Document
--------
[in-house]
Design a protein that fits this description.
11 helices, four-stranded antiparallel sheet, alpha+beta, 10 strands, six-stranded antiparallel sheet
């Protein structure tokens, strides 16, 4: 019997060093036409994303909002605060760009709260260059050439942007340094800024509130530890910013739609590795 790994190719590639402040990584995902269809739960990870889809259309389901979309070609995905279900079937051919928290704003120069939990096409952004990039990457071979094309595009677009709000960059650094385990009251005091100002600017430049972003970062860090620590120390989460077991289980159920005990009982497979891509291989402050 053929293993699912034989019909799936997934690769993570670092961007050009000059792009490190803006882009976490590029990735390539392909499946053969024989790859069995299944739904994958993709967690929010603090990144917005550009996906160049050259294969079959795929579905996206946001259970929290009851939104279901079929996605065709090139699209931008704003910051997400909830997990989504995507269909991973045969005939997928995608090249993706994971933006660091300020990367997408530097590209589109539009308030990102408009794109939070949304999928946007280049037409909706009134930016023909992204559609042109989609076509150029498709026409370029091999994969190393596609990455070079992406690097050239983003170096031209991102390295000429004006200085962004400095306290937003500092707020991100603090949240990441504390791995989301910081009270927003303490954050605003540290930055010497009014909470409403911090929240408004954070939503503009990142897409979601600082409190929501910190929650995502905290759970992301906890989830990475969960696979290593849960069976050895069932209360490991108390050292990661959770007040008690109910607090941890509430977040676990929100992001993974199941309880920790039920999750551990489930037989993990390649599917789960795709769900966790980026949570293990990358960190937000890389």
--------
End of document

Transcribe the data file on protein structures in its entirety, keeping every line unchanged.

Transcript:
[in-house]
Design a protein that fits this description.
11 helices, four-stranded antiparallel sheet, alpha+beta, 10 strands, six-stranded antiparallel sheet
């Protein structure tokens, strides 16, 4: 019997060093036409994303909002605060760009709260260059050439942007340094800024509130530890910013739609590795 790994190719590639402040990584995902269809739960990870889809259309389901979309070609995905279900079937051919928290704003120069939990096409952004990039990457071979094309595009677009709000960059650094385990009251005091100002600017430049972003970062860090620590120390989460077991289980159920005990009982497979891509291989402050 053929293993699912034989019909799936997934690769993570670092961007050009000059792009490190803006882009976490590029990735390539392909499946053969024989790859069995299944739904994958993709967690929010603090990144917005550009996906160049050259294969079959795929579905996206946001259970929290009851939104279901079929996605065709090139699209931008704003910051997400909830997990989504995507269909991973045969005939997928995608090249993706994971933006660091300020990367997408530097590209589109539009308030990102408009794109939070949304999928946007280049037409909706009134930016023909992204559609042109989609076509150029498709026409370029091999994969190393596609990455070079992406690097050239983003170096031209991102390295000429004006200085962004400095306290937003500092707020991100603090949240990441504390791995989301910081009270927003303490954050605003540290930055010497009014909470409403911090929240408004954070939503503009990142897409979601600082409190929501910190929650995502905290759970992301906890989830990475969960696979290593849960069976050895069932209360490991108390050292990661959770007040008690109910607090941890509430977040676990929100992001993974199941309880920790039920999750551990489930037989993990390649599917789960795709769900966790980026949570293990990358960190937000890389």